Planning the Garden

A garden plan will save time, space and money. Yields will be increased, as will the length of the harvest season.

Begin by making a scale drawing of your available garden area on graph paper. Divide the drawing into cool-season and warm-season vegetable planting areas.

Cool-season vegetables are those such as onions, cabbage, radishes and English peas. They require cool weather to grow and mature properly and can withstand some frost. Cool-season vegetables are planted in the early spring and again in the fall. Warm-season vegetables require warm weather to grow properly and are planted after the soil has warmed up. Frost will kill warm-season vegetables. Examples of warm-season vegetables include okra, sweet potatoes, cucumbers and tomatoes.

The cool-season section of the garden will be planted early and harvested in time to be replanted. Alternate the cool and warm-season areas of the garden each year to reduce plant pest problems.

Decide which vegetables to grow and the amount of each vegetable you want. Use tables 1-3 (pages 7 through 9) to estimate the row lengths required to obtain the desired amounts. Sketch and label the rows of each vegetable on your plan to scale, using the row spacings suggested in tables 1-3. Be sure to arrange the rows so tall vegetables won't shade shorter ones. Make a note of the planting dates, varieties and amount of seeds required on your plan so a periodic glance will show what needs to be done.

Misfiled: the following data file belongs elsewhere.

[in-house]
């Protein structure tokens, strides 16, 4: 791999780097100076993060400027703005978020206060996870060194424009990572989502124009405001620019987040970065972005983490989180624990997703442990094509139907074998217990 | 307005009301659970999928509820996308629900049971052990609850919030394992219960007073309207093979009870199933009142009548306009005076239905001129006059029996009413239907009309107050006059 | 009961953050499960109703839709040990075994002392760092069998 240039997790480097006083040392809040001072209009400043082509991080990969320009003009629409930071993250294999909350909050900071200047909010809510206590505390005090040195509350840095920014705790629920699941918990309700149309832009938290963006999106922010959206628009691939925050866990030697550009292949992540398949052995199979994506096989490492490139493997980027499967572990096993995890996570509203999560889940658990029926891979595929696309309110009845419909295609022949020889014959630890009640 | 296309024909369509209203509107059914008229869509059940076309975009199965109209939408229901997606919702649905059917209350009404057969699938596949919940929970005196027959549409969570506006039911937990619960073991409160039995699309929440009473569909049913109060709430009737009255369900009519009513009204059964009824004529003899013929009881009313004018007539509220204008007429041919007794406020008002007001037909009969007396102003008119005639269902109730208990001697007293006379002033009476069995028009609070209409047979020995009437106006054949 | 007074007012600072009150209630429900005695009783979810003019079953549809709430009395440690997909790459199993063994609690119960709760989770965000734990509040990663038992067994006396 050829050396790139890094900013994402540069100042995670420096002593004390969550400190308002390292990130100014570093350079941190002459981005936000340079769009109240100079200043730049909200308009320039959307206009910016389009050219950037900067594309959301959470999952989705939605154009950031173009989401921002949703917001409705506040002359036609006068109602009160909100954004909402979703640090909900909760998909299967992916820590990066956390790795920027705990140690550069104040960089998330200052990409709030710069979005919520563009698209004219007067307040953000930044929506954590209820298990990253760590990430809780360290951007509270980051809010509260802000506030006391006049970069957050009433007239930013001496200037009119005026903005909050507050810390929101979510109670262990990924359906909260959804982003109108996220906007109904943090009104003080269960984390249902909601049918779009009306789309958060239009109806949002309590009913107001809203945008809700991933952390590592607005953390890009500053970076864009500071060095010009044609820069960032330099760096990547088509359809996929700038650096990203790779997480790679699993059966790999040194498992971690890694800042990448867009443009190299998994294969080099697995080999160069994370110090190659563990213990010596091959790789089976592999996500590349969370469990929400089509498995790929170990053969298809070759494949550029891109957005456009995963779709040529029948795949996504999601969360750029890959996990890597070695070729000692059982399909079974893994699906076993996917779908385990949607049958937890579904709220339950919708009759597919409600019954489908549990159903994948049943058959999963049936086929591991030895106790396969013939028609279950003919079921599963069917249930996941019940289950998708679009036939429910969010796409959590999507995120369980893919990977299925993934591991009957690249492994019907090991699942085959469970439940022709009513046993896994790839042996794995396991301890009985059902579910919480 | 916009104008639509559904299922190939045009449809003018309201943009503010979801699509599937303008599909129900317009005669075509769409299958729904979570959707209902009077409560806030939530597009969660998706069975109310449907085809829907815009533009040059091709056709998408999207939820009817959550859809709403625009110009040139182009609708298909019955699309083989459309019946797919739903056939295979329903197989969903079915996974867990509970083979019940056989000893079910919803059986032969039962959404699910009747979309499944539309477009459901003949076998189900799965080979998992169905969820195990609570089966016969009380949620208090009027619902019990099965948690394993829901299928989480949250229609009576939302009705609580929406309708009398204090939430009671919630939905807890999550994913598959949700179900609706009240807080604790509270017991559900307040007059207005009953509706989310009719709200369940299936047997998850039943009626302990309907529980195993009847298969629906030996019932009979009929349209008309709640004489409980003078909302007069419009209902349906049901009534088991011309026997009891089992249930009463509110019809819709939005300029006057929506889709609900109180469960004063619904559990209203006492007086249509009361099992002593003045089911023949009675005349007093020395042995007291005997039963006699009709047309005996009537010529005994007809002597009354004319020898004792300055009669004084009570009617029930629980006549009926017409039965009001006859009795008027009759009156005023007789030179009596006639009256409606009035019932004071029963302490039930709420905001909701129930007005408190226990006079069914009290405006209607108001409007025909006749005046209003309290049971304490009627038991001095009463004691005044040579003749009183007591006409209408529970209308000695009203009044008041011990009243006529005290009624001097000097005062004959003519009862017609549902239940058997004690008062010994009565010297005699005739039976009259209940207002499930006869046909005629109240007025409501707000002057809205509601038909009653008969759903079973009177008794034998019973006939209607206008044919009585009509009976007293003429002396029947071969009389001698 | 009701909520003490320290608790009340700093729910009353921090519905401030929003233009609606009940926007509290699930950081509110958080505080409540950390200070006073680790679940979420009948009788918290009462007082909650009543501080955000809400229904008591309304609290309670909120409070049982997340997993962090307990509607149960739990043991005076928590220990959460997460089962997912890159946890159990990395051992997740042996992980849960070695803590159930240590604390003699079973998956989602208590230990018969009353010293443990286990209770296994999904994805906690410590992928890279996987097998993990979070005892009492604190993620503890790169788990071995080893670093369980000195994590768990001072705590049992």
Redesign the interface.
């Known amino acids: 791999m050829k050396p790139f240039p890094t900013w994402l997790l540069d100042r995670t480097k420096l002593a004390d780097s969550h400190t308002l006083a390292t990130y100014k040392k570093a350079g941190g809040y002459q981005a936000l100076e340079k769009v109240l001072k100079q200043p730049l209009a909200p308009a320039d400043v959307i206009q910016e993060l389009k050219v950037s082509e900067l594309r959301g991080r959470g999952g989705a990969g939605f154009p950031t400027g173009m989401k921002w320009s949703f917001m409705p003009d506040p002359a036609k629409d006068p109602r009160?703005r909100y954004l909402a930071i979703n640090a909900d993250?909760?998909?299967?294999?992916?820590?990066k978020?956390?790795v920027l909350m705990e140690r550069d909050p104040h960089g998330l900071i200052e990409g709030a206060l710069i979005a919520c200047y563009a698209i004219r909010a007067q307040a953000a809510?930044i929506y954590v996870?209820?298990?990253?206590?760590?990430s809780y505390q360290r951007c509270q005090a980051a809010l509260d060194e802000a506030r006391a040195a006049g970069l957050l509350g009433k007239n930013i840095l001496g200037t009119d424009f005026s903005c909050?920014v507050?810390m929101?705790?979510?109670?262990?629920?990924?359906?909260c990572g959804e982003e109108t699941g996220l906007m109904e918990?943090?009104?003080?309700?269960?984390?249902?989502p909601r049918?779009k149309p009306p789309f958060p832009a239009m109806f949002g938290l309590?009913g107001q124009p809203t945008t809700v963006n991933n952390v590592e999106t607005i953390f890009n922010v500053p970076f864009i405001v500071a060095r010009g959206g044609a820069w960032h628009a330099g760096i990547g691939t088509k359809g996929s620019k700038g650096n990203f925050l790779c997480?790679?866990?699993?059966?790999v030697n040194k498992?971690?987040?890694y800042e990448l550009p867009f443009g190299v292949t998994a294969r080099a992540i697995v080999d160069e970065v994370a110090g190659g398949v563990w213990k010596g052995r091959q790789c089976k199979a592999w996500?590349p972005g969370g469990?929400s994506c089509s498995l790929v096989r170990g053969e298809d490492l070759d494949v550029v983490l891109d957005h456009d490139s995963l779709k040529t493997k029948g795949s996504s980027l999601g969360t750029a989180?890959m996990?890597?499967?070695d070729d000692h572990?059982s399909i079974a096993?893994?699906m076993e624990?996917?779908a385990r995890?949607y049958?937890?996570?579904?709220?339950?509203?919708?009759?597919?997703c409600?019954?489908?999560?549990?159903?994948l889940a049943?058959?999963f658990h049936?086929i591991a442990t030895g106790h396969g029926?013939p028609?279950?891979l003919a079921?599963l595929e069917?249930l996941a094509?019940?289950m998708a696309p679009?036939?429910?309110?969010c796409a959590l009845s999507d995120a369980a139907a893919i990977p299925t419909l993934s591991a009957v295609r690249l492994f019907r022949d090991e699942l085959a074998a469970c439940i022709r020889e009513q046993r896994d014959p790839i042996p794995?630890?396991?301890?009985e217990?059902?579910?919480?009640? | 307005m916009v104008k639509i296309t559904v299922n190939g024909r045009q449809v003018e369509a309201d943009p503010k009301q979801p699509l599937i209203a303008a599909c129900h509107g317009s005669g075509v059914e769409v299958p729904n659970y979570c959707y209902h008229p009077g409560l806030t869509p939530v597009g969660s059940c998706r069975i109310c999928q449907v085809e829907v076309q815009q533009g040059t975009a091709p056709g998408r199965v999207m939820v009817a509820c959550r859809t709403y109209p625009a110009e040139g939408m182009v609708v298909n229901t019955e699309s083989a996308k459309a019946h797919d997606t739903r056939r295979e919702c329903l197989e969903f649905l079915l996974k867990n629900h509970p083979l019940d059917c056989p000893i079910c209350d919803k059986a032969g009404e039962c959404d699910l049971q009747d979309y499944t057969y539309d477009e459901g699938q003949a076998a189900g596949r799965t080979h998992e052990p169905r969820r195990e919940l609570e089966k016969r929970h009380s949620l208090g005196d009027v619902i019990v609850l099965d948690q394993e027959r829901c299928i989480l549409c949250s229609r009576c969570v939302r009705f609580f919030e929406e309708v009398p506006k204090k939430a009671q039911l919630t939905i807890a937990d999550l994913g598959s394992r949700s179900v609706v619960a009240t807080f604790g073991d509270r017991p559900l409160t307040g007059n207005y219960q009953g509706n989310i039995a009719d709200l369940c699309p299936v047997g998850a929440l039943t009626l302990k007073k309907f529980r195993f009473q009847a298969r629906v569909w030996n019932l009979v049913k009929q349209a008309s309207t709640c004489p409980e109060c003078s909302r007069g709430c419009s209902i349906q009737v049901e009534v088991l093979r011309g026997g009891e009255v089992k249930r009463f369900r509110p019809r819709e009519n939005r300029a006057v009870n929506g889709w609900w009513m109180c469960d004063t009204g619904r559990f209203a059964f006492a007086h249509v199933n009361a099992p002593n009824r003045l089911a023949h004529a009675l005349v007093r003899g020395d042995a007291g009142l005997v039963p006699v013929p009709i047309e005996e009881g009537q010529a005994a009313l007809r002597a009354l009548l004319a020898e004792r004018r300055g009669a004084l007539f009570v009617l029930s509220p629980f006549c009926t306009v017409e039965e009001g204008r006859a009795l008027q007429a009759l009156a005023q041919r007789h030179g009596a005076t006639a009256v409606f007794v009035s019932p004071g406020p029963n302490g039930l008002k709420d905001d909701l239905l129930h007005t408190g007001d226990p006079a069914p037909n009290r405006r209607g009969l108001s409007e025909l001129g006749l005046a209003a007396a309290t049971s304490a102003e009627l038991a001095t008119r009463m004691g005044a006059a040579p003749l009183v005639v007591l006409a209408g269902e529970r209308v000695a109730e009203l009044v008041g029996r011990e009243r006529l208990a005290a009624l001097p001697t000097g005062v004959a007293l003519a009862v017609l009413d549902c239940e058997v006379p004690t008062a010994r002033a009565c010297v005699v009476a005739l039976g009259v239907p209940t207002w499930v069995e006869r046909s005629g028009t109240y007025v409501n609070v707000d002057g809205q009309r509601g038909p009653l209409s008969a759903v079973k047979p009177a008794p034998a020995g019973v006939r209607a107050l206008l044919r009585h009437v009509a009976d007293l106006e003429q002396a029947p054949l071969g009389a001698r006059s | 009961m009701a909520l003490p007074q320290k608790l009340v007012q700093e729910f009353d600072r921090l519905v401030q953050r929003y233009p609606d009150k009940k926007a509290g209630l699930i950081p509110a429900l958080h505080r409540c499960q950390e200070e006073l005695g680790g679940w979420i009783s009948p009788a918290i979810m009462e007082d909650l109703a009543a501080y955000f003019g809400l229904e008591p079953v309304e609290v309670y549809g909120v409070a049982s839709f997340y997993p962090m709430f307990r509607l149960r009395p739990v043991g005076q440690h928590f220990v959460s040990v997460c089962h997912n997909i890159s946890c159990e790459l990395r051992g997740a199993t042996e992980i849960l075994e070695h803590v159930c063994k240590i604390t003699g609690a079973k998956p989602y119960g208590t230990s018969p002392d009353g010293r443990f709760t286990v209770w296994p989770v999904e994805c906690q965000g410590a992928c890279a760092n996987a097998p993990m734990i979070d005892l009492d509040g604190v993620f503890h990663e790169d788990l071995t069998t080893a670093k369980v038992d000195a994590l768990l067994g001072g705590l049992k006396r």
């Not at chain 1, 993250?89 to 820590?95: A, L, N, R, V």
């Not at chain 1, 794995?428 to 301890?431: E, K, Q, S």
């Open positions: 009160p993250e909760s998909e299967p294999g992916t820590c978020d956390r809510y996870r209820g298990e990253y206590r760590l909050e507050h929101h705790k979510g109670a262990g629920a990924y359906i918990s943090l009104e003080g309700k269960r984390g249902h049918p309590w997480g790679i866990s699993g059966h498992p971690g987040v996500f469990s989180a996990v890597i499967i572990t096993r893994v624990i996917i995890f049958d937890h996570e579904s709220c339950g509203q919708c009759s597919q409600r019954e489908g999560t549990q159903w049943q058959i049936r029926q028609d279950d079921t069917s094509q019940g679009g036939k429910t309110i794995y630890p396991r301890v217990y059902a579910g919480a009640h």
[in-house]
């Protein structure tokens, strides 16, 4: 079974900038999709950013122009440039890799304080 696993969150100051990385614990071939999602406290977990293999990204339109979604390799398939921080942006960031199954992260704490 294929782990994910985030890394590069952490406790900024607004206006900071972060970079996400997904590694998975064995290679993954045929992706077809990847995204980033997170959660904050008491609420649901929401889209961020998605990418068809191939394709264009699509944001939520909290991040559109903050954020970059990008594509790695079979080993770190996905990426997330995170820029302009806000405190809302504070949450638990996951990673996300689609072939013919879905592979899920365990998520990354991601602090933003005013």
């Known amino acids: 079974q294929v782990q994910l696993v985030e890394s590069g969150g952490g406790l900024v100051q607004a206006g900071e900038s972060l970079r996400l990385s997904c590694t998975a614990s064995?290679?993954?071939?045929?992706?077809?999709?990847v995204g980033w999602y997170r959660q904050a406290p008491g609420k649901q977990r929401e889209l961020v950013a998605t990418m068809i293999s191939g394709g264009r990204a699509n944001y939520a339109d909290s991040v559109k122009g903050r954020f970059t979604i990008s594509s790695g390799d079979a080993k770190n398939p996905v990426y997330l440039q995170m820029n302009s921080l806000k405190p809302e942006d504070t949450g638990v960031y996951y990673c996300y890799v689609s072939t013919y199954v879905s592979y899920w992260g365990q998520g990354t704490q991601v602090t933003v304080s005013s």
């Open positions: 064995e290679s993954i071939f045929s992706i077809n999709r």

108"

48"

60"

36"

36" 48"

36" 36"

36" 36"

24"

Figure 1.

A sample garden plan

1 packet Clemson Spineless okra planted in May

1/4 pound Silver Queen sweet corn planted in 3 half rows in late April

1/4 pound Silver Queen sweet corn planted in 3 half rows in late May

11 Better Boy tomatoes transplanted in April - staked

11 Better Boy tomatoes set from suckers in June-staked

1 packet Butter Bar summer squash planted in May

1 packet Liberty Hybrid cucumber planted in May

10 Black Beauty eggplant transplanted in May

6 California Wonder and 6 Hungarian pepper set in May

2 ounces Provider snapbeans planted in April

2 ounces Provider snapbeans planted in May

1/4 pound Henderson

s bush Lima beans planted in May

2 ounces Purple Hull peas planted in May

25 Centennial sweet potatoes set in May

30 Stonehead cabbage transplants set in late March

30 Premium Crop broccoli transplants set in late March

30 Snow Crown cauliflower transplants in late March

2 packets Detroit Dark Red beets in double row planted in March

1 packet Vates collards planted in March

2 packets Danvers carrots in double row 4-inches apart planted March

1 packet Cherry Bell radish planted in March

1 packet Just Right turnip planted in March

1 packet Red Sails lettuce planted in March

200 Danvers onion sets 3 inches apart set in March

Warm Season Vegetables

Cool Season Vegetables

North

Warm Season Vegetables

Cool Season Vegetables

Homeowners Guide To Landscaping

Homeowners Guide To Landscaping

How would you like to save a ton of money and increase the value of your home by as much as thirty percent! If your homes landscape is designed properly it will be a source of enjoyment for your entire family, it will enhance your community and add to the resale value of your property. Landscape design involves much more than placing trees, shrubs and other plants on the property. It is an art which deals with conscious arrangement or organization of outdoor space for human satisfaction and enjoyment.

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